A Shaman Transformation Mask

30 March 2020

This Yupik transformation mask was a shaman’s tool. It was imbued with the spirit of the seal, a sea mammal essential to the survival of the Inuit and related peoples. The animal head is sculpted in the mask lower part which might serve as a handle.

Due to its stylistic similarities to other creations by the same Master preserved in American museums, this mask can doubtlessly be attributed to the “Seal-Box” Master. His masks are distinctive in that the upper box-like structure is a stylized human face with large, open ovoid eyes. Sometimes the mask is topped with three split feather quills, each with little tufts at their tips to accentuate the movement of a dancer.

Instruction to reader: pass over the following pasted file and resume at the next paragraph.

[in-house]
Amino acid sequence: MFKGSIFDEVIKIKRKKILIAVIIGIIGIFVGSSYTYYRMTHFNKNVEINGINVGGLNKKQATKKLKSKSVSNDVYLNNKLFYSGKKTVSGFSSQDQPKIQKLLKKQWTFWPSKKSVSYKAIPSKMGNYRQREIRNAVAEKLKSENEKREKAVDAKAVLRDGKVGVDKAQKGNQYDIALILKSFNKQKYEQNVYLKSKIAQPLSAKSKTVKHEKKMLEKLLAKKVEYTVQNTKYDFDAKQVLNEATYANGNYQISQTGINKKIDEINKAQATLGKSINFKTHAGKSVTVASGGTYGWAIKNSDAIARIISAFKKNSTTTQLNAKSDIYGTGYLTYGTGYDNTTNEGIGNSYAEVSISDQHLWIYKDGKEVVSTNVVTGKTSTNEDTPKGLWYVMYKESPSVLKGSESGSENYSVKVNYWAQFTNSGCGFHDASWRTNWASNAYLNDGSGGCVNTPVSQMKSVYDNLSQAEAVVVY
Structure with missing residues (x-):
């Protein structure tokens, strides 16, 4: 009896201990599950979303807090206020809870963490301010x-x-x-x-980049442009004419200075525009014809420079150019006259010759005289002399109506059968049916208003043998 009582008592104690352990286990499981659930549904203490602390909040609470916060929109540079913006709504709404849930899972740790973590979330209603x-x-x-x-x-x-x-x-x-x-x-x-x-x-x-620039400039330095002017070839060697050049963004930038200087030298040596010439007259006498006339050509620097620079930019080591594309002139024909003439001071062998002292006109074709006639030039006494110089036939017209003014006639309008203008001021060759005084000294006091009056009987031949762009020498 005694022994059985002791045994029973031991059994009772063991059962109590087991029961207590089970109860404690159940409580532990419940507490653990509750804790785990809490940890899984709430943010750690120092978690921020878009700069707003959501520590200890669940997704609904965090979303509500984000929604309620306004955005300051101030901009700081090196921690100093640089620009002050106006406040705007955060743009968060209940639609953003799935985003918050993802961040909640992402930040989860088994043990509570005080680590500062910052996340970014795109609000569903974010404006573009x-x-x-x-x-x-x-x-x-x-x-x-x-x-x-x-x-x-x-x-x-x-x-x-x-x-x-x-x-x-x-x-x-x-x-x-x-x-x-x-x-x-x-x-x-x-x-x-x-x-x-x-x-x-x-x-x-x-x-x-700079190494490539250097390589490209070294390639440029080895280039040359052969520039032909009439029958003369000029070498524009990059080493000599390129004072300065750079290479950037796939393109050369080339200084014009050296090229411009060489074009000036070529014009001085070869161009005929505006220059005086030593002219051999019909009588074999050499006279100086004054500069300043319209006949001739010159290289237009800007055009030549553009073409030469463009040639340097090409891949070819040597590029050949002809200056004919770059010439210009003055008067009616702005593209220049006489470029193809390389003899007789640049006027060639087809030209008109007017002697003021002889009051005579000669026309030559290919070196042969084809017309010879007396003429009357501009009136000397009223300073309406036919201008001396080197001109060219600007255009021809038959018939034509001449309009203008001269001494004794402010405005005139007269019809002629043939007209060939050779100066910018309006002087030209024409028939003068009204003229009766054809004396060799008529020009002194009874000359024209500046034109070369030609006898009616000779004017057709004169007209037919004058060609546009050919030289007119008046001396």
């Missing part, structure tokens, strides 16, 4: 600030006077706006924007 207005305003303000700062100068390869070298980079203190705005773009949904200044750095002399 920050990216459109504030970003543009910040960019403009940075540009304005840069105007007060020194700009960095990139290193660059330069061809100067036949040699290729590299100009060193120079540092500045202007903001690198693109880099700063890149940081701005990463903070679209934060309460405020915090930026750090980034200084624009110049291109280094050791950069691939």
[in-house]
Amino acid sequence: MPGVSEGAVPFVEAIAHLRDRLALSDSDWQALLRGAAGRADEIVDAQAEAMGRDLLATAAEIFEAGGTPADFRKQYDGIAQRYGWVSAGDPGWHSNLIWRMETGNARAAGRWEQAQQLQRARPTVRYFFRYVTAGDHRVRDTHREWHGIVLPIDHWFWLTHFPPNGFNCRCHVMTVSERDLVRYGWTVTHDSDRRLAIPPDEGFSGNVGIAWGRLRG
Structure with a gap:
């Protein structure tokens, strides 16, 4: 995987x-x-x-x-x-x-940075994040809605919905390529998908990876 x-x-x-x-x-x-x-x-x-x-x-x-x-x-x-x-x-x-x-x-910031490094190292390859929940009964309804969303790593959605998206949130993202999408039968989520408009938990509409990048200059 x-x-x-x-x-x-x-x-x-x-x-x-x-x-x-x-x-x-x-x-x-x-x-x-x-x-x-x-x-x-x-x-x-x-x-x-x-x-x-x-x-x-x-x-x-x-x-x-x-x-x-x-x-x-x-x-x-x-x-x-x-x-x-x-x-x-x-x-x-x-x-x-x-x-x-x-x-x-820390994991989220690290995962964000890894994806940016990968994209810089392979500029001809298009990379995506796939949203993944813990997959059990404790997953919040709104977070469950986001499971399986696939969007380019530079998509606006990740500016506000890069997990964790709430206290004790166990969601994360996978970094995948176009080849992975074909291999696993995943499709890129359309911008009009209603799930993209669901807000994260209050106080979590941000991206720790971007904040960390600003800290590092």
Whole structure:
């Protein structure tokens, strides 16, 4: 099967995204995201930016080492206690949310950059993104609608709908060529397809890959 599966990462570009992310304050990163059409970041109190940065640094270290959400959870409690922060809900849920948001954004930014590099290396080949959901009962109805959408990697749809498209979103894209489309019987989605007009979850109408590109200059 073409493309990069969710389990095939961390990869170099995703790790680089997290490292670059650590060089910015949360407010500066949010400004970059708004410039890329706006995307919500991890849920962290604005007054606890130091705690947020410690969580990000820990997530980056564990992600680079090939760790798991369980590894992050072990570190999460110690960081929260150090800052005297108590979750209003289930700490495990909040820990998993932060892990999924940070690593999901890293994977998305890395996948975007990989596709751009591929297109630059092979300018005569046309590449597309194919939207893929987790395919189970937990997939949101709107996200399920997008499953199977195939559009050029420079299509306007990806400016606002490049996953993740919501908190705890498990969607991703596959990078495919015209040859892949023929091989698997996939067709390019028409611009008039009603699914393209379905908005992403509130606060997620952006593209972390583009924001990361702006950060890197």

Mask. Yupik, Norton Sound, Saint-Michael Bay, Alaska, United States. C. 1890. Lightwood, white pigments, feathers. H. 24.5 cm. Inv. 900-1. Photo Studio Ferrazzini Bouchet. Musée Barbier-Mueller.

As shown on the photo below, the artist Silvia Bächli brought this mask into dialogue with a gouache on paper by her own hand in the exhibition Faraway Arts, So Close in Silvia Bächli’s Eyes which she curated in 2018.

Photo Luis Lourenço, Musée Barbier-Mueller

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